Question: When implementing a carbon pricing scheme, how do we best mitigate or reduce the push back that arises due to existing international bilateral agreements in given industries? For example, the Chicago Convention in the International Aviation Sector that states any tax or fee on fuel is illegal?
Response: Governments are very protective of their national airlines. When the EU attempted to include airlines carrying passengers to and from the European Union in the European Emissions Trading Scheme, the larger non-EU countries like China, the United States and Canada reacted strongly, threatening various forms of retaliation.
The EU suspended the inclusion of these airlines operating international flights in the European ETS. This change followed an agreement by the International Civil Aviation Organization (ICAO) to develop a global market-based mechanism covering international aviation emissions. The ICAO mechanism will be formalized by 2016 and take effect in 2020.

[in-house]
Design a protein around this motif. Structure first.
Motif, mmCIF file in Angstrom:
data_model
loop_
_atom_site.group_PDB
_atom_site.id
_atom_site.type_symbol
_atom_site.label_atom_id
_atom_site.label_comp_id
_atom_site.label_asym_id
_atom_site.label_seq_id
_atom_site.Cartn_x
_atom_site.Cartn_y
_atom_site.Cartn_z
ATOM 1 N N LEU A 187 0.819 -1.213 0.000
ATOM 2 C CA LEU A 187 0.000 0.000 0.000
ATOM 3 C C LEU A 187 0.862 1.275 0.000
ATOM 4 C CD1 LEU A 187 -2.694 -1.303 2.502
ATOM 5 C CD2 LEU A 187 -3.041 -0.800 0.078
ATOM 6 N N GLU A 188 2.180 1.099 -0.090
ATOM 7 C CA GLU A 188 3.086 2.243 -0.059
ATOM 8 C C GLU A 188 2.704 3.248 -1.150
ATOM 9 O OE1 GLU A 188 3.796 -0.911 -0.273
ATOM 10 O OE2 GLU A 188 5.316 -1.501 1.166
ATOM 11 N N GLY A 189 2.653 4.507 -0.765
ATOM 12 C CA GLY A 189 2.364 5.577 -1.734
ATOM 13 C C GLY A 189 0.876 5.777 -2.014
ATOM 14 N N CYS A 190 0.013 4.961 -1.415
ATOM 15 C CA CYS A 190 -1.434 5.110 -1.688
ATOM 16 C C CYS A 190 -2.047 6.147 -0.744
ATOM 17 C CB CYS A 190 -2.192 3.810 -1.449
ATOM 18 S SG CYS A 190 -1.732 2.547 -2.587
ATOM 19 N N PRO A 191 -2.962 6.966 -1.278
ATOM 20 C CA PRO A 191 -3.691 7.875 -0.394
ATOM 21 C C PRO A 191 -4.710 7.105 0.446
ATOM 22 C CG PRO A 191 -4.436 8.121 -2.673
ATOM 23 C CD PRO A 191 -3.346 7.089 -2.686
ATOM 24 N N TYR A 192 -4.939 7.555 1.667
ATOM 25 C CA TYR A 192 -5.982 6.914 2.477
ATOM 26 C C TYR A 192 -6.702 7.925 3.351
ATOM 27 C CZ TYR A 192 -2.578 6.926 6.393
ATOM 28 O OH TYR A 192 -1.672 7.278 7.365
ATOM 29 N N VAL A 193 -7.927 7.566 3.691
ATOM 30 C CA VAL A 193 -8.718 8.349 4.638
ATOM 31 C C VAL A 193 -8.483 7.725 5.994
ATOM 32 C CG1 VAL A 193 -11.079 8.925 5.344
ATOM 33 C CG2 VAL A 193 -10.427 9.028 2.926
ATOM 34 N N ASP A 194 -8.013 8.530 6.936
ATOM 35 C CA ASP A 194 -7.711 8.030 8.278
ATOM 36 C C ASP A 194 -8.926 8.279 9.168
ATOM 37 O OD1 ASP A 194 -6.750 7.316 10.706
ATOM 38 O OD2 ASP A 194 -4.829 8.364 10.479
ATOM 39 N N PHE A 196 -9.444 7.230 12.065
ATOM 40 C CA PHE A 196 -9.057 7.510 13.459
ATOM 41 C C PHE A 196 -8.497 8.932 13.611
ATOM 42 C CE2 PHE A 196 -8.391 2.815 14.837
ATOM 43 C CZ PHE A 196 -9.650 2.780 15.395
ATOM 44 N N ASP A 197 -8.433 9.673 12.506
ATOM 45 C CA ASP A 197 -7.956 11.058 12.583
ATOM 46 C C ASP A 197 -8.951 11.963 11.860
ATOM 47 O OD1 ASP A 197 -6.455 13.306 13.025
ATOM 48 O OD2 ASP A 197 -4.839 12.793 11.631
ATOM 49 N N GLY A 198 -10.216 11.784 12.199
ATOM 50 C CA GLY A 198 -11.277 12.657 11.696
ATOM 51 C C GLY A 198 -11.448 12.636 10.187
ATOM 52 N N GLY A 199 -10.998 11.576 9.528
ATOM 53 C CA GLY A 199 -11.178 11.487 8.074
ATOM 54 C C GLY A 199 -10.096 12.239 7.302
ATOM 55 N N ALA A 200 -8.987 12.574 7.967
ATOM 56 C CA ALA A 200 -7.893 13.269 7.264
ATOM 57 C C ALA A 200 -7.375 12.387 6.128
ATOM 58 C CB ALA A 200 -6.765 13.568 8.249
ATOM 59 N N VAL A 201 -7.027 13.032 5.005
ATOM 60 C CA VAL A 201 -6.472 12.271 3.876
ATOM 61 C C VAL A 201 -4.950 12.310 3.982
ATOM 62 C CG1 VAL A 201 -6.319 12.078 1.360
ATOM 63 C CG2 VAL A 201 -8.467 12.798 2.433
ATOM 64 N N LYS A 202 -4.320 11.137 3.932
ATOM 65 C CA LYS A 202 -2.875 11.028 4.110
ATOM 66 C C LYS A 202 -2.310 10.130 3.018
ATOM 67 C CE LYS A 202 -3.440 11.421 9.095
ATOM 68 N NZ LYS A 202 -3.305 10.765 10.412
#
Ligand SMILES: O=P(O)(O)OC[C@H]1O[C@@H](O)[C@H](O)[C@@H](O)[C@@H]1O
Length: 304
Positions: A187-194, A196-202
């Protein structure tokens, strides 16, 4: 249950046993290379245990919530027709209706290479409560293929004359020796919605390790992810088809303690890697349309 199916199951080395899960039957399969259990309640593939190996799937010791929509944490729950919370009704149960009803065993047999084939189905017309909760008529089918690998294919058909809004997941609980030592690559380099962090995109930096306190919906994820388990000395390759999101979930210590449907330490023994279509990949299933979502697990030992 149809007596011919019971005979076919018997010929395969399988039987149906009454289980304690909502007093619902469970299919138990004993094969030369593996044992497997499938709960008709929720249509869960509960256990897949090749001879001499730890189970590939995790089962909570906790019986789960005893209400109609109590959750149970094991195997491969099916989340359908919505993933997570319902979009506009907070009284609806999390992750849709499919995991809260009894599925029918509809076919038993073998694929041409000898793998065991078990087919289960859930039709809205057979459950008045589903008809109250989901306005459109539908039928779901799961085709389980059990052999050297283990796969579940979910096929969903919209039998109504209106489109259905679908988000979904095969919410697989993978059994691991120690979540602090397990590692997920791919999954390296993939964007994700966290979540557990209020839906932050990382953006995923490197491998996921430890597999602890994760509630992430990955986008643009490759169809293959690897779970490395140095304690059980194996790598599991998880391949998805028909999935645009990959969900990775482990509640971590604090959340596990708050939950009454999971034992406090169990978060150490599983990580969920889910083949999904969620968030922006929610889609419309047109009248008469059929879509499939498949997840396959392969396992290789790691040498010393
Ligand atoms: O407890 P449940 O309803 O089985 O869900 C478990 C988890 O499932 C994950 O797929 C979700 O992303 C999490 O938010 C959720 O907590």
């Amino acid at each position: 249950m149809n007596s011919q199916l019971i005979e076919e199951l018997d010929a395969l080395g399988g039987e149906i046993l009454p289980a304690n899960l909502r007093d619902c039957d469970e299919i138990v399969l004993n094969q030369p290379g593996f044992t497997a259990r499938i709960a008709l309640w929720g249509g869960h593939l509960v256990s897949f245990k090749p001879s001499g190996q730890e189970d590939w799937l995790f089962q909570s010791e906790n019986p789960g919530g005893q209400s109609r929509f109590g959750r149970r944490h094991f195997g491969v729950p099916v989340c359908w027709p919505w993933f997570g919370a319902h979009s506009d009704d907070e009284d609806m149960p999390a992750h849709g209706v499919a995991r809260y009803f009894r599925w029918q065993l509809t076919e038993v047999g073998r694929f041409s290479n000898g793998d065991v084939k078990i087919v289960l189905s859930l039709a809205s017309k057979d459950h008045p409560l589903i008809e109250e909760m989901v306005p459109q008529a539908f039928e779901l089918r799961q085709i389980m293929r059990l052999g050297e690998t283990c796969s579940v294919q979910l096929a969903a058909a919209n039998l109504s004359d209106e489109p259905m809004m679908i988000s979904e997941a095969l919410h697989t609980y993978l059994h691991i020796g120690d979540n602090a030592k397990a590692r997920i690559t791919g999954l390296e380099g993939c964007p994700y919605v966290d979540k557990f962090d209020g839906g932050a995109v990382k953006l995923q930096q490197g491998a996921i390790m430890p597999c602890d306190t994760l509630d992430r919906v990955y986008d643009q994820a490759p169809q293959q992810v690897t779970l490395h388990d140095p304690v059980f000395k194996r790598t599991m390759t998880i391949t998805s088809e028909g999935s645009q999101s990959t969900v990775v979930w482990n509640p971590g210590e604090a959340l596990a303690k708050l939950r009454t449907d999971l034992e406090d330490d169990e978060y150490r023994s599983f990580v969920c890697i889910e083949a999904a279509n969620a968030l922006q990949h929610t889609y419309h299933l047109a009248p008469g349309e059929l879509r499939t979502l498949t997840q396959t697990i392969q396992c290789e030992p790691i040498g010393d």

As a practical matter, no Canadian jurisdiction, Federal or Provincial, will legislate a carbon tax on fossil fuels consumed during international flights to and from Canada, or attempt to require the airline to participate in an Emissions Trading Scheme.
You can read the EU’s position here.